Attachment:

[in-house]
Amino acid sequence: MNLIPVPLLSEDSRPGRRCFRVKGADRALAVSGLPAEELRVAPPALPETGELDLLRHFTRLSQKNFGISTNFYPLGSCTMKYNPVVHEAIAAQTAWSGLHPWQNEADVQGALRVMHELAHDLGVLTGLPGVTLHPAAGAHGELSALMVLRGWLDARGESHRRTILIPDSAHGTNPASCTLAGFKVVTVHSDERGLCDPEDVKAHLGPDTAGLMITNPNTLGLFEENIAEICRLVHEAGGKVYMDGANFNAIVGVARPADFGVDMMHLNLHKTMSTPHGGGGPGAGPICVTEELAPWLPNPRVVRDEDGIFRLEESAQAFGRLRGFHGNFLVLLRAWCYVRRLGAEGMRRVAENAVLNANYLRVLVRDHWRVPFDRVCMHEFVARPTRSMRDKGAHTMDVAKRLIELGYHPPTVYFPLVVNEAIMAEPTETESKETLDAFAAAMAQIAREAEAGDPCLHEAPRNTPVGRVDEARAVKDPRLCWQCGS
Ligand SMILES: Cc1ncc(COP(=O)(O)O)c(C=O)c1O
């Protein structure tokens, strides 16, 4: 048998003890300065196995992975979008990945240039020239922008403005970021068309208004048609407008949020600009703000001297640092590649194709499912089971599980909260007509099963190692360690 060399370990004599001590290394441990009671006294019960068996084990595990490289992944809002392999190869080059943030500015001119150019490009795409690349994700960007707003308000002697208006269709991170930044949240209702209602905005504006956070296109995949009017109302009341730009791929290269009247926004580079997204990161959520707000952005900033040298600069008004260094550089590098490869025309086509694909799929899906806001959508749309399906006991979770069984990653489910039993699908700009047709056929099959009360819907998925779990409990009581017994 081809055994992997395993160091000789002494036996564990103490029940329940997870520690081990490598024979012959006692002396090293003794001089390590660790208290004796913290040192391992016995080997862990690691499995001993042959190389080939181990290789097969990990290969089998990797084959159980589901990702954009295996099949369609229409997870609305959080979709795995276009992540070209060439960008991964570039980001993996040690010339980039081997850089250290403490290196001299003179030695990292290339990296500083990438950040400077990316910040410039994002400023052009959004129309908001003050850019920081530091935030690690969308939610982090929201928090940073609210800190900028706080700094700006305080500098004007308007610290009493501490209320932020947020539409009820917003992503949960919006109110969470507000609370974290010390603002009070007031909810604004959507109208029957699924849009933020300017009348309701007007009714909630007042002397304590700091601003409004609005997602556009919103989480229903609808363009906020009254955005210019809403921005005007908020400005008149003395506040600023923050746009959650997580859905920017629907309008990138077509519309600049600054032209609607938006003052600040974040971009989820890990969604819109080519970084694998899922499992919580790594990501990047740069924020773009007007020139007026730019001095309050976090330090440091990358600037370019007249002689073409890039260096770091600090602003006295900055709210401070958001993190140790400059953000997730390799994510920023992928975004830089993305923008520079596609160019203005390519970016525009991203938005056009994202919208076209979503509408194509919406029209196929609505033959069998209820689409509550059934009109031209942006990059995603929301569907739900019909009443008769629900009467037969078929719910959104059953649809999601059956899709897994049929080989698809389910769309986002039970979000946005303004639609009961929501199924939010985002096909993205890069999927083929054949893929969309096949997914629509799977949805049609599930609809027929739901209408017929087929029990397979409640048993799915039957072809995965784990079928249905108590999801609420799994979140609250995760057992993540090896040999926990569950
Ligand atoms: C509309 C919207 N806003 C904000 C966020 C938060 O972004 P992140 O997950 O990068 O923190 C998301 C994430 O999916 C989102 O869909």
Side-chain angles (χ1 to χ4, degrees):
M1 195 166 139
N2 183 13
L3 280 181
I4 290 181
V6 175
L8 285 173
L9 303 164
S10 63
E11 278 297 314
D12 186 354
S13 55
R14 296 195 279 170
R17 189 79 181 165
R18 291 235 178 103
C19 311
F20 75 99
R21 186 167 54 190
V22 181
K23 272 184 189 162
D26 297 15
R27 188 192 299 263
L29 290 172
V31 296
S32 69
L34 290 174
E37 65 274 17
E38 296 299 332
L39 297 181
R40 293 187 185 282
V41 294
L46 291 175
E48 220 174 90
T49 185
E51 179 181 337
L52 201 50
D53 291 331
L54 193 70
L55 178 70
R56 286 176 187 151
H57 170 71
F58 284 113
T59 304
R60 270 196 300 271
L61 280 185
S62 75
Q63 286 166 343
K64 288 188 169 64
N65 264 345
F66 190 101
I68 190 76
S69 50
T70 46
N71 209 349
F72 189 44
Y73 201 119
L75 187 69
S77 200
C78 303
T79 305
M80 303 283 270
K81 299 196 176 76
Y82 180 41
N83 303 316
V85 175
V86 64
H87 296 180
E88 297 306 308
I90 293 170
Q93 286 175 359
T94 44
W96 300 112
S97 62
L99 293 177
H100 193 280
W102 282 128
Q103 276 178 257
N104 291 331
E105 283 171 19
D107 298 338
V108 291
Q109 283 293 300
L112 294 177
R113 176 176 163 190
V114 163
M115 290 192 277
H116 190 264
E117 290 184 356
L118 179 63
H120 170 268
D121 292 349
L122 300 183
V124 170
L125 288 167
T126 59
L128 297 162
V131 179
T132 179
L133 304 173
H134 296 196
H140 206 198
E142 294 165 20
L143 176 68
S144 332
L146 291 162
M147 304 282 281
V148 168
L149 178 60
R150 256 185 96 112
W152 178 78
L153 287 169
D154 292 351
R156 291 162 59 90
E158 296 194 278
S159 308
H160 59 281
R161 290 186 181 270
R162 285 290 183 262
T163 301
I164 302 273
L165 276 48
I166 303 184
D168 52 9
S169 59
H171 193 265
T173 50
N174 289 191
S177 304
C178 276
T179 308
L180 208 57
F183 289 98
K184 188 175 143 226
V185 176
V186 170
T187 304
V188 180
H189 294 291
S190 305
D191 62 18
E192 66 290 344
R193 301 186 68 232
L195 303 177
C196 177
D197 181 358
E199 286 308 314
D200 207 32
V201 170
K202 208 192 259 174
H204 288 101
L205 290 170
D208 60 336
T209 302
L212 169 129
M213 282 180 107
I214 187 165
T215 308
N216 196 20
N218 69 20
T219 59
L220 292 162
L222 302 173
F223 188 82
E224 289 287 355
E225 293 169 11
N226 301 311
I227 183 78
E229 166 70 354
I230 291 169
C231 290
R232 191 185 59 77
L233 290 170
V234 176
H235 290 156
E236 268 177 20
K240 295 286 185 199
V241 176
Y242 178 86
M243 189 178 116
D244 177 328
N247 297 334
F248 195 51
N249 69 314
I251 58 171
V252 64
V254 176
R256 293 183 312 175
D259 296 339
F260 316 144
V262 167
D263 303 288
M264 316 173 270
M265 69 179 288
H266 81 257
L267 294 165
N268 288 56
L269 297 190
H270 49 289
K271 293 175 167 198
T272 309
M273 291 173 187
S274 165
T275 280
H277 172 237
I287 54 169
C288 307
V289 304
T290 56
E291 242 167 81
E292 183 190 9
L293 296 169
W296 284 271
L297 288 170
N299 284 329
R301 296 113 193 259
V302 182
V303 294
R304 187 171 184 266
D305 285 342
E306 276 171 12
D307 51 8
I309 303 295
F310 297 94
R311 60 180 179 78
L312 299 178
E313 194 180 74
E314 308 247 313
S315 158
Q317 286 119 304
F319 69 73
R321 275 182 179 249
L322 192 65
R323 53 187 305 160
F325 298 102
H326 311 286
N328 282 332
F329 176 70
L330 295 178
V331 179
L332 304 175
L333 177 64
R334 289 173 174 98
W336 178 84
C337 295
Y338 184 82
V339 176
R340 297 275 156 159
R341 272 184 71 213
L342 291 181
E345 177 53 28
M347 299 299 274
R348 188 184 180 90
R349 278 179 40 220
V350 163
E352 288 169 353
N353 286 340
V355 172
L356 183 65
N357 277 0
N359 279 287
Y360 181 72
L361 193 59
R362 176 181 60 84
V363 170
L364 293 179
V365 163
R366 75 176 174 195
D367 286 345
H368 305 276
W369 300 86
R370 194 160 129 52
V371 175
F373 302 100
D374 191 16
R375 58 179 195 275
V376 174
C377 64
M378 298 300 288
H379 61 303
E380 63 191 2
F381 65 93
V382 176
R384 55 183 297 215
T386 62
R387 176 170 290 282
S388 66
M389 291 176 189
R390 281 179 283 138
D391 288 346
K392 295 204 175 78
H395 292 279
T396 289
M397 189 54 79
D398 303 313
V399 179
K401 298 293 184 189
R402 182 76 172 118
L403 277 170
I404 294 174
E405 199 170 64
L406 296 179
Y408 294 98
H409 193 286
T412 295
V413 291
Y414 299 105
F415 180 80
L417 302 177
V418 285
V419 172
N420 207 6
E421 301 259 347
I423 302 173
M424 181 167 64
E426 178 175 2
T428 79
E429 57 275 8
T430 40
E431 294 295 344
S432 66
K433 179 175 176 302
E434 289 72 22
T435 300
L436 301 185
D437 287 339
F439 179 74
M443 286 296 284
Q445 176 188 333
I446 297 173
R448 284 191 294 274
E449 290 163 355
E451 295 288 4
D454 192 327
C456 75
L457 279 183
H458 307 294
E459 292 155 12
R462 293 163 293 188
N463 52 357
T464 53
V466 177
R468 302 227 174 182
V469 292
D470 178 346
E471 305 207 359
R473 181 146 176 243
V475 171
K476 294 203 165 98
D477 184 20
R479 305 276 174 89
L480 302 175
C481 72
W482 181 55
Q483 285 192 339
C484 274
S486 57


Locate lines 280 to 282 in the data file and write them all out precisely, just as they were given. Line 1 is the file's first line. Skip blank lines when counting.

R375 58 179 195 275
V376 174
C377 64